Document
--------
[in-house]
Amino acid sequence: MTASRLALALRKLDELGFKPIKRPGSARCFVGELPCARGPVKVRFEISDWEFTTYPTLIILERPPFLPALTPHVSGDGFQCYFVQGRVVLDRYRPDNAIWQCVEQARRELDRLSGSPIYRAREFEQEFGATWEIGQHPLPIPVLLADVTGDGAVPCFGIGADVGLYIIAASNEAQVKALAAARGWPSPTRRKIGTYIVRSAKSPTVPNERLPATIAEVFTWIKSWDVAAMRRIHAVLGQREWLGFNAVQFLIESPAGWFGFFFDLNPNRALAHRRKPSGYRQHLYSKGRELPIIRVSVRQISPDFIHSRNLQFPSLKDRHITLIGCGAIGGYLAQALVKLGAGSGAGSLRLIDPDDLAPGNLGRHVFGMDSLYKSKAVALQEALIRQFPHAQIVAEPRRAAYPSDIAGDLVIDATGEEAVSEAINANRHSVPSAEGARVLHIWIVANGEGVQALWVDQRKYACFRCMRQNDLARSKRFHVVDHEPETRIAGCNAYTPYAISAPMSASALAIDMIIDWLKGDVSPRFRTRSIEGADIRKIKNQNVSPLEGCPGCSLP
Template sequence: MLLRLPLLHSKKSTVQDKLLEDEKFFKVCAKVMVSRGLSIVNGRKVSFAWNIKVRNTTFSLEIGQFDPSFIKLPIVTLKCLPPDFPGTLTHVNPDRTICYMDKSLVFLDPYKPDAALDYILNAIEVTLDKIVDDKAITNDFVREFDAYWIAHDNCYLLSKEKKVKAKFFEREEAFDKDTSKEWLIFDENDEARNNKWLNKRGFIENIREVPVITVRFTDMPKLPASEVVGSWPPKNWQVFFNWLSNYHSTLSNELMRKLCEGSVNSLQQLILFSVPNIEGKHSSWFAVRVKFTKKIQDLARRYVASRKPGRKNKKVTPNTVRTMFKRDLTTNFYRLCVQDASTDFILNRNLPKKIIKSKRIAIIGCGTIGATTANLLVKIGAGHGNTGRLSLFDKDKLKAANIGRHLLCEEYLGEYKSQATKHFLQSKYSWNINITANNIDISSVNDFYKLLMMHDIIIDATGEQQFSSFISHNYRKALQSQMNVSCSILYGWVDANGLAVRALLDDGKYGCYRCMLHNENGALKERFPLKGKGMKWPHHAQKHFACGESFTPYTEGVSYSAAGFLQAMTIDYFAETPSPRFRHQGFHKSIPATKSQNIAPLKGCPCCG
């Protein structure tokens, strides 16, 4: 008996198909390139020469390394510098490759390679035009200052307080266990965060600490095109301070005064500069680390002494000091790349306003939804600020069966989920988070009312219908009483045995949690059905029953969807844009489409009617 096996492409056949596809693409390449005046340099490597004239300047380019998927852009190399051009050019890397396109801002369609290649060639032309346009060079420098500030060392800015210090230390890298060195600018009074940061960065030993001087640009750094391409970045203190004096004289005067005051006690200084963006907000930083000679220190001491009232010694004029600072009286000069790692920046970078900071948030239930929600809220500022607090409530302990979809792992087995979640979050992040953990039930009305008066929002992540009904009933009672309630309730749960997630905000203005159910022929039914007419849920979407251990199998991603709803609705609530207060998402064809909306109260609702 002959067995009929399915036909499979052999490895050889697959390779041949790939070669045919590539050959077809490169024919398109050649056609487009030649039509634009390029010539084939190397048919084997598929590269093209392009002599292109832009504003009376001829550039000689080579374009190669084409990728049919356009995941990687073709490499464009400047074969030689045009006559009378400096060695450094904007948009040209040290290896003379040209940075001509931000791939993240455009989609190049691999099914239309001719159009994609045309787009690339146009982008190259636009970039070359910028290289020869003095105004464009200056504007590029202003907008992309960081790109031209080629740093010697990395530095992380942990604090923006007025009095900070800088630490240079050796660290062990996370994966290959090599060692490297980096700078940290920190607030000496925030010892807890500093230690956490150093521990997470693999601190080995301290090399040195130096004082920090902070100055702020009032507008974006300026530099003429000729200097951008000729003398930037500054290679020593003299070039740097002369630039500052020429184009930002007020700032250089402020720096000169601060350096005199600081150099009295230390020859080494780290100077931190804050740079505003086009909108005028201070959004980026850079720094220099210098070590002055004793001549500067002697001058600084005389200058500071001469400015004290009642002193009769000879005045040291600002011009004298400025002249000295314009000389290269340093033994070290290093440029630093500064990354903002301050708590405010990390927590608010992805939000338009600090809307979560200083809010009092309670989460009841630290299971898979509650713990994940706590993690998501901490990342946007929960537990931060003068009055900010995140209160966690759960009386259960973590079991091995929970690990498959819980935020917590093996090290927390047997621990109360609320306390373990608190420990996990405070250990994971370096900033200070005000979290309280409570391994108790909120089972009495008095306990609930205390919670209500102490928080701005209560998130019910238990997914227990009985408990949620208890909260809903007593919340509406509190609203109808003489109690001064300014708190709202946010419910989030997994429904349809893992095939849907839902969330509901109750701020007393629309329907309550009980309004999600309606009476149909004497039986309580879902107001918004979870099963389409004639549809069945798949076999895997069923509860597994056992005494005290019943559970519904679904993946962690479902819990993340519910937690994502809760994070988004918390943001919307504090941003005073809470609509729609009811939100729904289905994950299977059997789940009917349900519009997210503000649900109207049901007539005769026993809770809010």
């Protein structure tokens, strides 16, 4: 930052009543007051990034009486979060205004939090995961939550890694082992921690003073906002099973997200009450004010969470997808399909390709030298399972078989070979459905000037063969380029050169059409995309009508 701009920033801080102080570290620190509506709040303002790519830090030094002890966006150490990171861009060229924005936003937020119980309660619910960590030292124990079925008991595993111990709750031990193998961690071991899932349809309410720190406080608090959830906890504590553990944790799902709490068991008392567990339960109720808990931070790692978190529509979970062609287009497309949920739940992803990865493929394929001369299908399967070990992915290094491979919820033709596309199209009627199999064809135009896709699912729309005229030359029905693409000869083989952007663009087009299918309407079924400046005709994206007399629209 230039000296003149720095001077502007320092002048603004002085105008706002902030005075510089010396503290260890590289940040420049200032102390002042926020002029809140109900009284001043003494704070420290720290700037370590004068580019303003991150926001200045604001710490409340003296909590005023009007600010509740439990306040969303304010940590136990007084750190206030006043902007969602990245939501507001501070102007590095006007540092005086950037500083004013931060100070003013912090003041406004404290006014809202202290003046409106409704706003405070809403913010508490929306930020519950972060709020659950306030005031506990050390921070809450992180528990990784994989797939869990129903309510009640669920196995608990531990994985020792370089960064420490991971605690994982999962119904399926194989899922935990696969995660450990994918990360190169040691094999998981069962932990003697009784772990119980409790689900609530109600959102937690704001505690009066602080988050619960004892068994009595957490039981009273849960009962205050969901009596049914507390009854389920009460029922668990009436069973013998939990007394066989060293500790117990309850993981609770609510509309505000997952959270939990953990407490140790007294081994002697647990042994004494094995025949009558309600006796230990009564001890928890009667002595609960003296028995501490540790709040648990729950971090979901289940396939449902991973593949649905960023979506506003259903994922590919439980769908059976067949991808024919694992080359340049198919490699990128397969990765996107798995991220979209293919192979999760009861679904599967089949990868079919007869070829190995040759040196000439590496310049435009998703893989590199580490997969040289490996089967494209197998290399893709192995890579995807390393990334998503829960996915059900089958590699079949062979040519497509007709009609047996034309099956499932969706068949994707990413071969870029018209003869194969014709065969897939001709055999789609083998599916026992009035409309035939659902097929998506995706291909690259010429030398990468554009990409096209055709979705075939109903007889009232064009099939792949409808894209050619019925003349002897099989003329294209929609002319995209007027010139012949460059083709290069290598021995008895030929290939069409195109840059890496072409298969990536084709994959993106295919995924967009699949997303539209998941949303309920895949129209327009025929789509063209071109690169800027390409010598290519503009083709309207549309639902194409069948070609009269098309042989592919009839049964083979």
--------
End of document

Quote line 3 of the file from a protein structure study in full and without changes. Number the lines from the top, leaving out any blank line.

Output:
Template sequence: MLLRLPLLHSKKSTVQDKLLEDEKFFKVCAKVMVSRGLSIVNGRKVSFAWNIKVRNTTFSLEIGQFDPSFIKLPIVTLKCLPPDFPGTLTHVNPDRTICYMDKSLVFLDPYKPDAALDYILNAIEVTLDKIVDDKAITNDFVREFDAYWIAHDNCYLLSKEKKVKAKFFEREEAFDKDTSKEWLIFDENDEARNNKWLNKRGFIENIREVPVITVRFTDMPKLPASEVVGSWPPKNWQVFFNWLSNYHSTLSNELMRKLCEGSVNSLQQLILFSVPNIEGKHSSWFAVRVKFTKKIQDLARRYVASRKPGRKNKKVTPNTVRTMFKRDLTTNFYRLCVQDASTDFILNRNLPKKIIKSKRIAIIGCGTIGATTANLLVKIGAGHGNTGRLSLFDKDKLKAANIGRHLLCEEYLGEYKSQATKHFLQSKYSWNINITANNIDISSVNDFYKLLMMHDIIIDATGEQQFSSFISHNYRKALQSQMNVSCSILYGWVDANGLAVRALLDDGKYGCYRCMLHNENGALKERFPLKGKGMKWPHHAQKHFACGESFTPYTEGVSYSAAGFLQAMTIDYFAETPSPRFRHQGFHKSIPATKSQNIAPLKGCPCCG